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Brody J. Ruihley and Robin L. Hardin

Fantasy sport joins competition, sport knowledge, and socialization into one interactive sport activity. This research specifically focuses on the socialization aspects of the activity. This analysis addresses overall satisfaction in fantasy sport, future intentions to return to the activity, and reasons why fantasy sport users (FSUs) do or do not use message boards. Data were collected from 322 FSUs in a questionnaire format using quantitative-scale items and qualitative open-ended questions. The results indicate 62.1% (n = 200) of the sample using message boards in their fantasy sport experience. Reasons for their use were based on the themes of logistical conversation, socializing, surveillance, and advice or opinion. FSUs chose not to use message boards for reasons based on no interest, information, time, and alternative options. Other results indicate that those using message boards have higher overall satisfaction and future use intentions than those not using message boards. This suggests that message boards enhance the fantasy sport experience.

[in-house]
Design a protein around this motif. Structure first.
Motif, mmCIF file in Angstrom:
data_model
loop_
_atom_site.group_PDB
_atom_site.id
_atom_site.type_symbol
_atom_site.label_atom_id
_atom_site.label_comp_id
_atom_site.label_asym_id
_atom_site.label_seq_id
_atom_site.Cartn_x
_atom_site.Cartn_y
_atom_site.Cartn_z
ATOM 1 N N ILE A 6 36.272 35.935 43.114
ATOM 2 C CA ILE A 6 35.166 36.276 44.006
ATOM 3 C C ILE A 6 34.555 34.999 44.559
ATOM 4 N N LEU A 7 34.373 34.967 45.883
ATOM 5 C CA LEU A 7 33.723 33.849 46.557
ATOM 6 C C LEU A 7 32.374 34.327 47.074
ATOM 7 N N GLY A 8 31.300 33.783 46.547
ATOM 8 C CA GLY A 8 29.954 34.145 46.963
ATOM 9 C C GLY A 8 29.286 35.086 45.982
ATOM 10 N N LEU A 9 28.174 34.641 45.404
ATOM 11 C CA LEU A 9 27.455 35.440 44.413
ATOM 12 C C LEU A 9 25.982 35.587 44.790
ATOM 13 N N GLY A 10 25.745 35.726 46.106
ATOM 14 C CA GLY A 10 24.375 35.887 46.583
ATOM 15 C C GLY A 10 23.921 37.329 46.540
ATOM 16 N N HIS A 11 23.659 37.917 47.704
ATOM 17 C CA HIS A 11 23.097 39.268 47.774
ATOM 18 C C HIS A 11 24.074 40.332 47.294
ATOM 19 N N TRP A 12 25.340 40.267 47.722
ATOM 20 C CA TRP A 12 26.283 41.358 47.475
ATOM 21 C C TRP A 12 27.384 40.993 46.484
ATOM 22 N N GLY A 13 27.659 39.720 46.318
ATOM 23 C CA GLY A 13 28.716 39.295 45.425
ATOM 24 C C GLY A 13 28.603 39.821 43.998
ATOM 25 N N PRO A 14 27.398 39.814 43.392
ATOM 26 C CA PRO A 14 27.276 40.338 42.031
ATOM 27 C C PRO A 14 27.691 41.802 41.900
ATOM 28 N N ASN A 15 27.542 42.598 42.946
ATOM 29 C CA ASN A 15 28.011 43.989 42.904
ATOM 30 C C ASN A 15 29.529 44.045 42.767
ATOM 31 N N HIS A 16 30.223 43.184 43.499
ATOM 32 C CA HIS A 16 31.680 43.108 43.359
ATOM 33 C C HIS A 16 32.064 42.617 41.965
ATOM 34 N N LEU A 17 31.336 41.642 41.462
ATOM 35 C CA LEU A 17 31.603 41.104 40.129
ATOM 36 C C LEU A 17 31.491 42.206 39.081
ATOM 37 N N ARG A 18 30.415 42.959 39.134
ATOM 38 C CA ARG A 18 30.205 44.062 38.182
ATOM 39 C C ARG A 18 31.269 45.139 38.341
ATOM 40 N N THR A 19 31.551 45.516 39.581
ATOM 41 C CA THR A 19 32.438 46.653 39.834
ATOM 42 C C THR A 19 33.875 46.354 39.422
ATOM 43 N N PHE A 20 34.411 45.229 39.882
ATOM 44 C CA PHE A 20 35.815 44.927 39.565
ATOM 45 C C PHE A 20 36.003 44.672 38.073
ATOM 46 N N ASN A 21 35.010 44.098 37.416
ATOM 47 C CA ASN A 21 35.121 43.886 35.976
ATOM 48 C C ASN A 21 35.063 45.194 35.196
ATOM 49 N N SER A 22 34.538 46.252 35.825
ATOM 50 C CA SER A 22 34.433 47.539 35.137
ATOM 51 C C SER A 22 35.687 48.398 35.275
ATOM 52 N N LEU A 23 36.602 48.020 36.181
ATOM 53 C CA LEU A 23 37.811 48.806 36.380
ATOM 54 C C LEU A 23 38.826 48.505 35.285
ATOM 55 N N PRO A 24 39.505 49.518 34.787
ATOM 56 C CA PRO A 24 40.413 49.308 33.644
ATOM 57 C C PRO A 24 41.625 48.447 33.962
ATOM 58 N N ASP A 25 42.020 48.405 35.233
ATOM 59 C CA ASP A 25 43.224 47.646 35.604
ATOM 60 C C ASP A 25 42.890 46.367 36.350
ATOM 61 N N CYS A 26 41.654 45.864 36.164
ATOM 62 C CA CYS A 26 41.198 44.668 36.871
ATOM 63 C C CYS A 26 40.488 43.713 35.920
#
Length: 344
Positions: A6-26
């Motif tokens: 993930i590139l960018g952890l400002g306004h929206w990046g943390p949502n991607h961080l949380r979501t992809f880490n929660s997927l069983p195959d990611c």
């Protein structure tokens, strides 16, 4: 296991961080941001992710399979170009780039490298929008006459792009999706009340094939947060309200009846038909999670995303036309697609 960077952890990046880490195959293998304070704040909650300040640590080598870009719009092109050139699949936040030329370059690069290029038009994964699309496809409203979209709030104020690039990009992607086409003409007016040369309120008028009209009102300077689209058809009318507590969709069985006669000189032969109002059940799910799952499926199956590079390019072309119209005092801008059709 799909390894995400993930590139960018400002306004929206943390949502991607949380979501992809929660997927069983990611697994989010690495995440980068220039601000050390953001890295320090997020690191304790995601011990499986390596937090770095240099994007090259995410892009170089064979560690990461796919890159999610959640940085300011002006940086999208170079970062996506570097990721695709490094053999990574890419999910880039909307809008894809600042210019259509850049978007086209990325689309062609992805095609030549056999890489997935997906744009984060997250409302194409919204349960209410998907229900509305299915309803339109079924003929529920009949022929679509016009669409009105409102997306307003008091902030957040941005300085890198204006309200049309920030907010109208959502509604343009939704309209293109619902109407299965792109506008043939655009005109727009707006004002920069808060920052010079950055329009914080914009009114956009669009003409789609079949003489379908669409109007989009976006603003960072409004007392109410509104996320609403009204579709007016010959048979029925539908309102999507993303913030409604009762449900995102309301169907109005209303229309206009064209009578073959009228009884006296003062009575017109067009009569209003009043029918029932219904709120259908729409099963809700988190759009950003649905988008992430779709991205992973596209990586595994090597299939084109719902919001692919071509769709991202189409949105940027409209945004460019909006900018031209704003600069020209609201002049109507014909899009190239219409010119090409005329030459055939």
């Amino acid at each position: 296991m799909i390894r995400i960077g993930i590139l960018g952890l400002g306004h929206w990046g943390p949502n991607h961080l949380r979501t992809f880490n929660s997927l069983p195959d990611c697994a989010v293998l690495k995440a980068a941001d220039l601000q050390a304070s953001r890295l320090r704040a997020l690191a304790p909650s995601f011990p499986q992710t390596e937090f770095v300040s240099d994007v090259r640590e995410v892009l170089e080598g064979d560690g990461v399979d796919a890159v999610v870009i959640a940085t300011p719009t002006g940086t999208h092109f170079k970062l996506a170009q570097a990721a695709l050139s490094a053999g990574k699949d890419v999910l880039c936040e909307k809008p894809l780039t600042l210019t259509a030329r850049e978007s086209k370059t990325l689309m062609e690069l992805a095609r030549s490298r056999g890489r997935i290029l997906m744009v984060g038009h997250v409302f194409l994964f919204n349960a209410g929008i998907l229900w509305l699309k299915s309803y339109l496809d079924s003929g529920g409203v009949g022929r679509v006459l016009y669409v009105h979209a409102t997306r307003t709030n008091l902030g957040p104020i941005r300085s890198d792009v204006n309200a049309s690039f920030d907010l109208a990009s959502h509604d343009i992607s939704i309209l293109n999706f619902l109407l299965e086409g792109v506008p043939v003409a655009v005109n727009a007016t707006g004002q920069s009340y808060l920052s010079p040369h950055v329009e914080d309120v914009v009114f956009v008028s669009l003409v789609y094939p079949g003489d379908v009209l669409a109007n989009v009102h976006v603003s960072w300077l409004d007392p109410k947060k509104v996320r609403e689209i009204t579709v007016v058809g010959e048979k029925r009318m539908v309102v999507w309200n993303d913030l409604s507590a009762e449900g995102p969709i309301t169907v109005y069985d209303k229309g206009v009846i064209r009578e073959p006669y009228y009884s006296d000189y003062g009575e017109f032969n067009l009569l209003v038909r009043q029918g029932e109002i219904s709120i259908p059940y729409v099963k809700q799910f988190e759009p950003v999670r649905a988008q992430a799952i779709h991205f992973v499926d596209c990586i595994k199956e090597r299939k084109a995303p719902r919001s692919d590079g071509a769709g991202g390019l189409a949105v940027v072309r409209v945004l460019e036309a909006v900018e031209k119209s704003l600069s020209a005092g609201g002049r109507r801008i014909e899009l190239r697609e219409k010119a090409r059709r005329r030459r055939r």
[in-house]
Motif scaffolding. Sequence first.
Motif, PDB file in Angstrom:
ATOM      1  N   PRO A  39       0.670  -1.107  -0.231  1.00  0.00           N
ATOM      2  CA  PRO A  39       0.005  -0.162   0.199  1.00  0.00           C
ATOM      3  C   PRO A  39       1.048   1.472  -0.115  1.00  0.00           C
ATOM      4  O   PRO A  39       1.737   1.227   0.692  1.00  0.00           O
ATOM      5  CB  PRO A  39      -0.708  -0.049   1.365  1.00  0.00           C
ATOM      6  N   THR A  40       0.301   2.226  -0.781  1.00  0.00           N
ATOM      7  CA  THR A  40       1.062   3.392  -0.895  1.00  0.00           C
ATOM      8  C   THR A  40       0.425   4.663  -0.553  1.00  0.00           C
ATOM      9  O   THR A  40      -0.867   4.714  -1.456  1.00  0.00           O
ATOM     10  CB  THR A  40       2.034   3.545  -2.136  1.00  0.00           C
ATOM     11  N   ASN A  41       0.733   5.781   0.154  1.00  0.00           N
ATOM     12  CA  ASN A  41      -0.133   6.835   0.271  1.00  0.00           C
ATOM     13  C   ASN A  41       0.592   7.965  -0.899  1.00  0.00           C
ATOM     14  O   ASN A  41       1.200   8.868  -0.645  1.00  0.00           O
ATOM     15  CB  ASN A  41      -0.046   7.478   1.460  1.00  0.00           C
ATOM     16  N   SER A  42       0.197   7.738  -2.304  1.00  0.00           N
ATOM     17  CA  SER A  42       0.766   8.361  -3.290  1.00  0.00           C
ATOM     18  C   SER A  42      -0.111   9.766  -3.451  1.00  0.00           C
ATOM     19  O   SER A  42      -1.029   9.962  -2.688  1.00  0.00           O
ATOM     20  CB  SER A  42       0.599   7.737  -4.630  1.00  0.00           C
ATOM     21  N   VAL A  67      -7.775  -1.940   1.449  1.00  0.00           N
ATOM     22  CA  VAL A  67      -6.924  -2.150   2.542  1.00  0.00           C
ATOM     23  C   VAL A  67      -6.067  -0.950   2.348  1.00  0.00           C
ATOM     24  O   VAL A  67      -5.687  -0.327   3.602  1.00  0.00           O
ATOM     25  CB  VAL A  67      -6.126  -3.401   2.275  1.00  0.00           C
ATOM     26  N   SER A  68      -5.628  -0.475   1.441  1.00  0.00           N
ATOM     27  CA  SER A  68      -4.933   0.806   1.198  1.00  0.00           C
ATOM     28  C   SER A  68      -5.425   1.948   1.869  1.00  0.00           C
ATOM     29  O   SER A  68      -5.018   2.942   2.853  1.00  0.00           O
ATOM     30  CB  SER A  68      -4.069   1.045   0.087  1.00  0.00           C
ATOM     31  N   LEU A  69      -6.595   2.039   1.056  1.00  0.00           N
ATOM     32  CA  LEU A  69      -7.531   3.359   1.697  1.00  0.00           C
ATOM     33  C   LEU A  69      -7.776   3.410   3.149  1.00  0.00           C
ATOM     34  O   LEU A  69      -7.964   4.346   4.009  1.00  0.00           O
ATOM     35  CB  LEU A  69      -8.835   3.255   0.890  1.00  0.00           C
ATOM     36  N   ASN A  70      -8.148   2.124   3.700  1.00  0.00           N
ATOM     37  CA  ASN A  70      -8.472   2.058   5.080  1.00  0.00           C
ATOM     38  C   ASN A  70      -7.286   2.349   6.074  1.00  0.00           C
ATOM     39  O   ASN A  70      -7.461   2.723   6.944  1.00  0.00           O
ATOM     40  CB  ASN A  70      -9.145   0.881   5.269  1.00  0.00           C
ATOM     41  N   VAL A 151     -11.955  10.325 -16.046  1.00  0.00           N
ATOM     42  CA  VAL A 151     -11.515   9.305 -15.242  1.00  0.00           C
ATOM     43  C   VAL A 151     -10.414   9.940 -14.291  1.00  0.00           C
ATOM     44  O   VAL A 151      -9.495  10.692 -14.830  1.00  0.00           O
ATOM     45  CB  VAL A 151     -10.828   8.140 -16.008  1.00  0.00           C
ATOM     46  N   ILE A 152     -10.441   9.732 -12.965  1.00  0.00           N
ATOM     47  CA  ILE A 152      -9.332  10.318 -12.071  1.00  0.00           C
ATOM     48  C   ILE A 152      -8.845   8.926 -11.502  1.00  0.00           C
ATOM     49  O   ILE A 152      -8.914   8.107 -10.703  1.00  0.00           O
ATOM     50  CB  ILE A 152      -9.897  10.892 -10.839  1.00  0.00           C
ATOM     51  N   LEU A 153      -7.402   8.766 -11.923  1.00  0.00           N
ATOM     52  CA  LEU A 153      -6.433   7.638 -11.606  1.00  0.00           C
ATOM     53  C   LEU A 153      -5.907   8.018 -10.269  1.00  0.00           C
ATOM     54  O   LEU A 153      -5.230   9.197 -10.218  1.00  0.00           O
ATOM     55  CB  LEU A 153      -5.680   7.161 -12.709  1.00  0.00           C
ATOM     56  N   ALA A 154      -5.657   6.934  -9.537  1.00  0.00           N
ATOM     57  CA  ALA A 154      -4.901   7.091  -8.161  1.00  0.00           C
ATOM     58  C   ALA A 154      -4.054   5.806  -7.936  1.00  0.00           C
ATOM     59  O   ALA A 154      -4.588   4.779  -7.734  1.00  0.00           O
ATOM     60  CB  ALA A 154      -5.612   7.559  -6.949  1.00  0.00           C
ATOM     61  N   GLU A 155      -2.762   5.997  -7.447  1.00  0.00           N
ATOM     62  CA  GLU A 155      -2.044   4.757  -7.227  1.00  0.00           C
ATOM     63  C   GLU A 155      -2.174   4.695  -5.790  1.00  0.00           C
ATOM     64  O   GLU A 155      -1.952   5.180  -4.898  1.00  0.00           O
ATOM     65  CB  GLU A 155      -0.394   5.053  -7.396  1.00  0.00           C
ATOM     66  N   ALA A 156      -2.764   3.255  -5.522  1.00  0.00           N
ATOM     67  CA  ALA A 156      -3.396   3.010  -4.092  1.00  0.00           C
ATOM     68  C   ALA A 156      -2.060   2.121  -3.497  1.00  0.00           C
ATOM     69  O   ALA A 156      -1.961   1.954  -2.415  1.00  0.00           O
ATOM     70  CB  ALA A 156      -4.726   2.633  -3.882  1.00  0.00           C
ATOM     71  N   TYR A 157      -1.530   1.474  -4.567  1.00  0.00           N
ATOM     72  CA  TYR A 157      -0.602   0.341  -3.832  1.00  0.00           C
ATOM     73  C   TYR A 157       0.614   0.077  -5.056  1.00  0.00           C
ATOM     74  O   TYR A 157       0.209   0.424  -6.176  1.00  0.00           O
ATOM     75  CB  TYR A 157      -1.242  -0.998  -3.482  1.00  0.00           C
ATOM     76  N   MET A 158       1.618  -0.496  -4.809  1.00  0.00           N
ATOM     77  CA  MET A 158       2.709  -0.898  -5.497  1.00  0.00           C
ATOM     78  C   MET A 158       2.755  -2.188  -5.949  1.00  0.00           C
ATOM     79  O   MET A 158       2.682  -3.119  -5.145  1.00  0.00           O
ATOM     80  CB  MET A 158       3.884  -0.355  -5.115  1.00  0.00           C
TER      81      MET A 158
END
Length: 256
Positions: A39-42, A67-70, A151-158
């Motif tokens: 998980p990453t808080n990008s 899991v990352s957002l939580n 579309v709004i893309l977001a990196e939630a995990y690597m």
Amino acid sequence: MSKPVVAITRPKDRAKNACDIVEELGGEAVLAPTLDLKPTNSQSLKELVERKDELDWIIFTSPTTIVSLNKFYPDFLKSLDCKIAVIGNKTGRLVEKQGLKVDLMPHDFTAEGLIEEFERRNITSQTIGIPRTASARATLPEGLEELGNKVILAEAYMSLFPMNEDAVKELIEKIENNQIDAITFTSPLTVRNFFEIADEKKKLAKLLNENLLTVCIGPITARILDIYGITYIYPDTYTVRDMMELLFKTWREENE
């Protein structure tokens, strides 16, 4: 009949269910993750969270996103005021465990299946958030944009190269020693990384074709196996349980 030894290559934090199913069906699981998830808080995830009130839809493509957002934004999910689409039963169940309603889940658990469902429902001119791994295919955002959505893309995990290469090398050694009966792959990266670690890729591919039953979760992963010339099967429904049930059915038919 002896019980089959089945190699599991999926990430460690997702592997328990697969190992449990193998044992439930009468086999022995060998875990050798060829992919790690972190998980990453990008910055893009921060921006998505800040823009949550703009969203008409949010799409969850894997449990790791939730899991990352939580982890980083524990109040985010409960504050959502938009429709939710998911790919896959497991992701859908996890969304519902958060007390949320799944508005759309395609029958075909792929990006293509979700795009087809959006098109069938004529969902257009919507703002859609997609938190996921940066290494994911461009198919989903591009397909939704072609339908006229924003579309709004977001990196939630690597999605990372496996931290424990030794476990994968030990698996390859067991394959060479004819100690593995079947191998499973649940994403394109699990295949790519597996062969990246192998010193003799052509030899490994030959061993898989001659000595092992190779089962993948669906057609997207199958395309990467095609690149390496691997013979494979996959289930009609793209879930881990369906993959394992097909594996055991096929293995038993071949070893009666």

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Blake Bennett and Glenn Fyall

learning process and inherently influence what is learned ( Moll, 2014 ). In Vygotsky’s ( 1978 ) view, the subsequent cultural mediation by the MKO should provide the necessary “social tools” to help transform the learner’s cognitive functions to higher level cognitive functioning and the capacity to

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Emmanuel Macedo

. Not only could sport, as a social tool, be infused with the values the CE wanted to promote, the CE also envisioned sport as a social laboratory where people would be able to interact and test their ability to be fair, honest, tolerant, intellectually curious, and healthy. However, doping at the elite